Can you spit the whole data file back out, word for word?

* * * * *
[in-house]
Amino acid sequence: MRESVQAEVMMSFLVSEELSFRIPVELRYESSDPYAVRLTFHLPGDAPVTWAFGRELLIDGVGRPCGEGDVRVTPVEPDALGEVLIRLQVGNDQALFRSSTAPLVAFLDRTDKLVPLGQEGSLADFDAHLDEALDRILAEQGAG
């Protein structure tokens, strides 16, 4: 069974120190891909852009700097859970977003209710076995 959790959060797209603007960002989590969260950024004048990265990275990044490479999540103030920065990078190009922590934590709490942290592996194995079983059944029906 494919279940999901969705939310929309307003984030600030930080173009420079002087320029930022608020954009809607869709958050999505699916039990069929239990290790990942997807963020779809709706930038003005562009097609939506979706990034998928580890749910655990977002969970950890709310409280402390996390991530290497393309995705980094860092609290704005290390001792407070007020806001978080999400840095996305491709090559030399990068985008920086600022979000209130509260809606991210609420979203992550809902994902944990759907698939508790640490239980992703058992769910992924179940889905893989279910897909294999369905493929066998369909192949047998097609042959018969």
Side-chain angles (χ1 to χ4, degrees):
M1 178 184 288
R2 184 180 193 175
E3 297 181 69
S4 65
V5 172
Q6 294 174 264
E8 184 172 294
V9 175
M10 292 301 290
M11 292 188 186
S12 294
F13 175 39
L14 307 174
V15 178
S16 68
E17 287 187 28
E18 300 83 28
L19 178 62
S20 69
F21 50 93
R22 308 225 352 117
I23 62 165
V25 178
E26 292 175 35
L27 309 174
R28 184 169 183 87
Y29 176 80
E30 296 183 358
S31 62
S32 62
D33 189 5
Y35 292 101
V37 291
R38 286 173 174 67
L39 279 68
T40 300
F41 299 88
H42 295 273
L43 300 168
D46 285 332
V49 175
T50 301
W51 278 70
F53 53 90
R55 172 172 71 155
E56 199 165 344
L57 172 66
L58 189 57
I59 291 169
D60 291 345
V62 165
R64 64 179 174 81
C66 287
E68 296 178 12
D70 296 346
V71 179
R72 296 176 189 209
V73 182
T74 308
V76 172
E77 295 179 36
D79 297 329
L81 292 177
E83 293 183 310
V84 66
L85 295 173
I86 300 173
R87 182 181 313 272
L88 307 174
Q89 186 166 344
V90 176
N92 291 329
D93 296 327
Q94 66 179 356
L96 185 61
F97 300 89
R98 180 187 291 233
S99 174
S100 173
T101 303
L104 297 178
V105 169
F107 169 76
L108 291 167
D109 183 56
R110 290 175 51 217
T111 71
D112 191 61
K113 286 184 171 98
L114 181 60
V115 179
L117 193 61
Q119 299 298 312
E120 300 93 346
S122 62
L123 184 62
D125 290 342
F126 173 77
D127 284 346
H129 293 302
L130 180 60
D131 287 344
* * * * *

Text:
[in-house]
Amino acid sequence: MRESVQAEVMMSFLVSEELSFRIPVELRYESSDPYAVRLTFHLPGDAPVTWAFGRELLIDGVGRPCGEGDVRVTPVEPDALGEVLIRLQVGNDQALFRSSTAPLVAFLDRTDKLVPLGQEGSLADFDAHLDEALDRILAEQGAG
């Protein structure tokens, strides 16, 4: 069974120190891909852009700097859970977003209710076995 959790959060797209603007960002989590969260950024004048990265990275990044490479999540103030920065990078190009922590934590709490942290592996194995079983059944029906 494919279940999901969705939310929309307003984030600030930080173009420079002087320029930022608020954009809607869709958050999505699916039990069929239990290790990942997807963020779809709706930038003005562009097609939506979706990034998928580890749910655990977002969970950890709310409280402390996390991530290497393309995705980094860092609290704005290390001792407070007020806001978080999400840095996305491709090559030399990068985008920086600022979000209130509260809606991210609420979203992550809902994902944990759907698939508790640490239980992703058992769910992924179940889905893989279910897909294999369905493929066998369909192949047998097609042959018969």
Side-chain angles (χ1 to χ4, degrees):
M1 178 184 288
R2 184 180 193 175
E3 297 181 69
S4 65
V5 172
Q6 294 174 264
E8 184 172 294
V9 175
M10 292 301 290
M11 292 188 186
S12 294
F13 175 39
L14 307 174
V15 178
S16 68
E17 287 187 28
E18 300 83 28
L19 178 62
S20 69
F21 50 93
R22 308 225 352 117
I23 62 165
V25 178
E26 292 175 35
L27 309 174
R28 184 169 183 87
Y29 176 80
E30 296 183 358
S31 62
S32 62
D33 189 5
Y35 292 101
V37 291
R38 286 173 174 67
L39 279 68
T40 300
F41 299 88
H42 295 273
L43 300 168
D46 285 332
V49 175
T50 301
W51 278 70
F53 53 90
R55 172 172 71 155
E56 199 165 344
L57 172 66
L58 189 57
I59 291 169
D60 291 345
V62 165
R64 64 179 174 81
C66 287
E68 296 178 12
D70 296 346
V71 179
R72 296 176 189 209
V73 182
T74 308
V76 172
E77 295 179 36
D79 297 329
L81 292 177
E83 293 183 310
V84 66
L85 295 173
I86 300 173
R87 182 181 313 272
L88 307 174
Q89 186 166 344
V90 176
N92 291 329
D93 296 327
Q94 66 179 356
L96 185 61
F97 300 89
R98 180 187 291 233
S99 174
S100 173
T101 303
L104 297 178
V105 169
F107 169 76
L108 291 167
D109 183 56
R110 290 175 51 217
T111 71
D112 191 61
K113 286 184 171 98
L114 181 60
V115 179
L117 193 61
Q119 299 298 312
E120 300 93 346
S122 62
L123 184 62
D125 290 342
F126 173 77
D127 284 346
H129 293 302
L130 180 60
D131 287 344